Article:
FIG. 11 shows the formation of a polycrystalline silicon layer having a thickness of about 1000 angstroms from which a first gate electrode 25a is formed. In this way three layers 22, 23, and 25a are obtained, all of which are patterned by use of the same resist pattern into an island-shaped portion, hereinafter referred to the island as shown in FIG. 12. A reactive ion etchant is used and an anisotropic etching is adopted so that after etching each vertical section is perpendicular to the substrate 1. As an etching gas, a gaseous mixture of SF6 and CCl4 is used for the polycrystalline silicon layer and a CHF3 gas is used for the SiO2.
Then, as shown in FIG. 13, the whole surface of the substrate 1 is covered with a SiO2 26 having a thickness of about 5000 angstroms by a sputtering device or a normal pressure CVD device. Afterward, a reactive ion etchant is used to perform an anisotropic etching so as to remove the SiO2 26 until the only sides of the island remain as shown in FIG. 14. FIG. 18 shows the variations with time in the emitting light intensity from the initiation of the etching, of the spectrums of 388 nm of CN resulting from the etching gas CHF3 and the SiN layer 22 selected from the plasma emitting spectrums. When a critical level is ascertained where the emitting light intensity does not increase any longer, the etching process is stopped. This ensures that a constant size of the SiO2 layer is formed on the sides of the island.
The next step is to form a polycrystalline silicon layer having a thickness of about 2000 angstroms by a reduced pressure CVD device from which a second gate electrode 25b is made. As shown in FIG. 15, a resist pattern is formed so as to shape the gate electrode as desired. With the use of the pattern, the first gate electrode 25a and the second gate electrode 25b are etched with a reactive ion etchant at the same time.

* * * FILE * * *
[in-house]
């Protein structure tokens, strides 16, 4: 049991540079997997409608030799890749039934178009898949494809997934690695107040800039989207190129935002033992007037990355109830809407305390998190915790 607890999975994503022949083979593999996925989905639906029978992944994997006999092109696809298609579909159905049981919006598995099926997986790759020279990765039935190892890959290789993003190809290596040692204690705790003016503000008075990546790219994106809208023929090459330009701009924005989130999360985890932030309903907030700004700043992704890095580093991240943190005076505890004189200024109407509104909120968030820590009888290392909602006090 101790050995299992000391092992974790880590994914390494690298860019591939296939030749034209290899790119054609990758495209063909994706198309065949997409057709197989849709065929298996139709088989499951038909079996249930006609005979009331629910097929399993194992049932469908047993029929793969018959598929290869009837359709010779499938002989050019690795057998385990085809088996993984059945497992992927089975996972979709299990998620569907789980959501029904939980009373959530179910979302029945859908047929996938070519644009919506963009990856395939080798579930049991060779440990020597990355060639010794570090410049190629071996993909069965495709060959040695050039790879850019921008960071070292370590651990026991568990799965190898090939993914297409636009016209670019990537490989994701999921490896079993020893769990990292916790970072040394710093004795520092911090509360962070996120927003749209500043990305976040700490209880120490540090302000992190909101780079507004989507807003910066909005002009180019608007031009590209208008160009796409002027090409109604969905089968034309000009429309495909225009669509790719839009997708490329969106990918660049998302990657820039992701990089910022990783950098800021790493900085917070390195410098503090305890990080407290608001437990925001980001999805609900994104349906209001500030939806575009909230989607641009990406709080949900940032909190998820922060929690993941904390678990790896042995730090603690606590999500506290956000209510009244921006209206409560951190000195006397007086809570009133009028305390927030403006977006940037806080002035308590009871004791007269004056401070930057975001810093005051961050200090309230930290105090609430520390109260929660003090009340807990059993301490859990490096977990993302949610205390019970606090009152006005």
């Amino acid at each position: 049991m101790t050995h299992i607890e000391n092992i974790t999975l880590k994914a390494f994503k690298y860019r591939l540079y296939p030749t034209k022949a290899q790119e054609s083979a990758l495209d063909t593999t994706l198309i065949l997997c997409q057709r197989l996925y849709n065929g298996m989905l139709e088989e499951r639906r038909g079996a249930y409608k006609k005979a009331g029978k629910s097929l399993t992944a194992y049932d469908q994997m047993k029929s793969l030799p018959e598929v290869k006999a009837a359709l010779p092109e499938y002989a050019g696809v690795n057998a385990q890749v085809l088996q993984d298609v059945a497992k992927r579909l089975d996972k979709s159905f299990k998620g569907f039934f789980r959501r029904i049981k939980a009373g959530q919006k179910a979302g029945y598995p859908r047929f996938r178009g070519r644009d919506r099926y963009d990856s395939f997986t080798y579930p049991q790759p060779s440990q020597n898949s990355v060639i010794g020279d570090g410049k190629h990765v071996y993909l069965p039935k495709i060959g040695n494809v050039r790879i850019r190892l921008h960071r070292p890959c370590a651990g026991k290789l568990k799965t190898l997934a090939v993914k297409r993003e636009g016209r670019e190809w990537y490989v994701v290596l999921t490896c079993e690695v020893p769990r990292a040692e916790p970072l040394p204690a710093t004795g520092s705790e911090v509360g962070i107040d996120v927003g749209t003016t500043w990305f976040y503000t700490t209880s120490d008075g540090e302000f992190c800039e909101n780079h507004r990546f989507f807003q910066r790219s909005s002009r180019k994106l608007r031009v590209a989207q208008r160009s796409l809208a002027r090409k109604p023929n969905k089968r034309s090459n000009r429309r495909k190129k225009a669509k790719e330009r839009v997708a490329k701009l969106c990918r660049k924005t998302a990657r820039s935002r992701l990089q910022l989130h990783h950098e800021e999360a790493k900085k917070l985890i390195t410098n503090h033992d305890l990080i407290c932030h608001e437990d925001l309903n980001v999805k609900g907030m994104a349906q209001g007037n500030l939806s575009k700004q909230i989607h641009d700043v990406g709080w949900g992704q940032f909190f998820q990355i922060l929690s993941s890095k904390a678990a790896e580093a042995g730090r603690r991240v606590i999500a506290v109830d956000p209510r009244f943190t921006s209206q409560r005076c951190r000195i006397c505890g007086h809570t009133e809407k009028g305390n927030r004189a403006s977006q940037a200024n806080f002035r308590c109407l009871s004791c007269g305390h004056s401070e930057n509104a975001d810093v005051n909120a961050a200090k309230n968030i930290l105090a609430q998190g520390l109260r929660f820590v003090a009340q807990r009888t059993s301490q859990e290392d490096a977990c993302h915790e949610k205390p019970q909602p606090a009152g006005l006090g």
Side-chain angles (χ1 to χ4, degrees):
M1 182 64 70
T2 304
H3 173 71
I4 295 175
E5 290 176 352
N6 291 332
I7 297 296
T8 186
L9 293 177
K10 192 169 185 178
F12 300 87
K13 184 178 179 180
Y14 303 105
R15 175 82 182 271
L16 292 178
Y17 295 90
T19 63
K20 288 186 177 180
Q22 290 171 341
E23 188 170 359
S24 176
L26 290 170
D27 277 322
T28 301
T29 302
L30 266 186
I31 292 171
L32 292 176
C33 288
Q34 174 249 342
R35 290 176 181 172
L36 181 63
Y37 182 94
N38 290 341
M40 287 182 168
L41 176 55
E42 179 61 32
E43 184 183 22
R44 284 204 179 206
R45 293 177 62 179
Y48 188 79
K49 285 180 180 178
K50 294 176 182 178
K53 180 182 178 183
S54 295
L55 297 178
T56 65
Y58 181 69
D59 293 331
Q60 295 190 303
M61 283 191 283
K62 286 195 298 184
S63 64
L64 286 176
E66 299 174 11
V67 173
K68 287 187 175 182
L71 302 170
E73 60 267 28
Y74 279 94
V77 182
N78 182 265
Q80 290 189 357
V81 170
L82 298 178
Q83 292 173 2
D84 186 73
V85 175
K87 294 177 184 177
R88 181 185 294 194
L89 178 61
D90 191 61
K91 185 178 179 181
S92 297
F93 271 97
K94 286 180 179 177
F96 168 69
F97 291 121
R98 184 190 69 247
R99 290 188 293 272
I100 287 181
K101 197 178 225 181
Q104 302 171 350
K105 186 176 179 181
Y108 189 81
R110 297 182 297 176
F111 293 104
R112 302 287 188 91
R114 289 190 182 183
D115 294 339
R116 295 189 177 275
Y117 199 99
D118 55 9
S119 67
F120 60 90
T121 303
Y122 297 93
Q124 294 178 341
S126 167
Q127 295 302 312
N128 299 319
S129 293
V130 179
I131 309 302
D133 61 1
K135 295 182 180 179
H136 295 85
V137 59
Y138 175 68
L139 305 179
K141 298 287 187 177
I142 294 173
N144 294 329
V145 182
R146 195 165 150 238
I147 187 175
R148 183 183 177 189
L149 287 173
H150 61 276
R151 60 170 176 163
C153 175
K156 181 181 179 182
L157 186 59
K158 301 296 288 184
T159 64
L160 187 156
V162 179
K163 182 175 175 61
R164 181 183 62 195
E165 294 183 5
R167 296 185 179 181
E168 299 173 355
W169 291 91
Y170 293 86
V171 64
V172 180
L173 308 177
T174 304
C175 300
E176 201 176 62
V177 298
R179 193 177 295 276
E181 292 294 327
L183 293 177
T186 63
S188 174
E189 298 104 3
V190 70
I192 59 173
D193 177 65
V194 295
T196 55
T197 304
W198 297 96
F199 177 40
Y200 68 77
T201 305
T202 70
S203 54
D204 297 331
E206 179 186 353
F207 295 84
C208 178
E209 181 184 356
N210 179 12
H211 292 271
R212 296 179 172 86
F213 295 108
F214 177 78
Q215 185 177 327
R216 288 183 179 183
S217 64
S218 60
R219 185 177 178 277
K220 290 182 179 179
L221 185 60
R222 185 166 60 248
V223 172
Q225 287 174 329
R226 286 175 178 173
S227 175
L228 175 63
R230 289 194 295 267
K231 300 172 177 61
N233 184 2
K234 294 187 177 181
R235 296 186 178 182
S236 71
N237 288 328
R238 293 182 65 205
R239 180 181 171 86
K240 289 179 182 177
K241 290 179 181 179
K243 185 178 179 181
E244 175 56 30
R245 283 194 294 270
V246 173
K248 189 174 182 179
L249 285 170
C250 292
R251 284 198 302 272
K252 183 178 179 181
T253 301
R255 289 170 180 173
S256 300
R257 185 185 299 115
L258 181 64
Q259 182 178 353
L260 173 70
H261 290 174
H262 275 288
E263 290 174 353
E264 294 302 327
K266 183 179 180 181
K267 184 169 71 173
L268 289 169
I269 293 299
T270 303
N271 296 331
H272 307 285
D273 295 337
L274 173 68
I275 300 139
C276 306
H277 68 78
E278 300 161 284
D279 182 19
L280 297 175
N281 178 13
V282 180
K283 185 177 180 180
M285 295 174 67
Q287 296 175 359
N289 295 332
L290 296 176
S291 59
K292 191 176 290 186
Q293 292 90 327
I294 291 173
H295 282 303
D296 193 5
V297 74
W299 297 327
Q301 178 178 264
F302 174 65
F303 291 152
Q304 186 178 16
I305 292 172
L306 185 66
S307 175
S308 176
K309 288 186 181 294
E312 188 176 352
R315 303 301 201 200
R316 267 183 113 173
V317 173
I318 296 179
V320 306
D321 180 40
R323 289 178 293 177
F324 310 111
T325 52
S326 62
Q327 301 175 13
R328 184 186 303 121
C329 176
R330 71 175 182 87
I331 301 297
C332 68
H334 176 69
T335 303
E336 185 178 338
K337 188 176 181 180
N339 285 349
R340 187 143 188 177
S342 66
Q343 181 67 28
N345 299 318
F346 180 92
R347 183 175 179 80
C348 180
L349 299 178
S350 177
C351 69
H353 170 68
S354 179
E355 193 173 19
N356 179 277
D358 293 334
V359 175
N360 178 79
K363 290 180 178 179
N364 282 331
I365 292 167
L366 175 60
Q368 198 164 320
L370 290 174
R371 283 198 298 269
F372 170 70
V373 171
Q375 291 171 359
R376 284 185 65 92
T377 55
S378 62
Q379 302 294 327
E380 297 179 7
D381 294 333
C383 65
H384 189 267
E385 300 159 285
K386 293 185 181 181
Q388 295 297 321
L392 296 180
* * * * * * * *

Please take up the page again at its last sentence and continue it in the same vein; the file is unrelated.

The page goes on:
Then, ion is injected into the gate electrodes 25a and 25b so as to effect an activated annealing, so that the polycrystalline silicon layer of the two gate electrodes and a polycrystalline silicon layer from which a drain is later formed are treated so as to have low resistance.
Then, a PSG layer is formed by doping the substrate 1 with SiO2 or phosphorus, and contact holes are made at desired spots so as to form an inter-layer insulating layer 7. The gate insulating layer is also provided with holes so that the source and drain and an Al electrode referred to below may be electrically connected. The contact hole is made in a layer 27 on the gate electrode 25 connected to an Al wiring referred to below (not shown).
The next step is to form an Al layer to a thickness of about 5000 angstroms by sputtering to a desired shape for a source electrode 28a and a drain electrode 28b, which, as a thin film transistor and a circumferential wirings, is shown in FIG. 17. The final TFT is shown in FIG. 10.
The material for the first insulating layer on the substrate 1 and the material for the second insulating layer on the sides of the island are replaceable, and any other materials can be used for the insulating layers on condition that they have different spectroscopic characteristics. As described with respect to the first example, the gate electrode can be made of metals such as Ti or W instead of the polycrystalline silicon.
It is understood that various other modifications will be apparent to and can be readily made by those skilled in the art without departing from the scope and spirit of this invention. Accordingly, it is not intended that the scope of the claims appended hereto be limited to the description as set forth herein, but rather that the claims be construed as encompassing all the features of patentable novelty that reside in the present invention, including all features that would be treated as equivalents thereof by those skilled in the art to which this invention pertains.
|Cited Patent||Filing date||Publication date||Applicant||Title|
|US4282543 *||Nov 19, 1979||Aug 4, 1981||Fujitsu Limited||Semiconductor substrate and method for the preparation of the same|
|US4788157 *||Apr 28, 1987||Nov 29, 1988||Fuji Xerox Co., Ltd.||Method of fabricating a thin film transistor|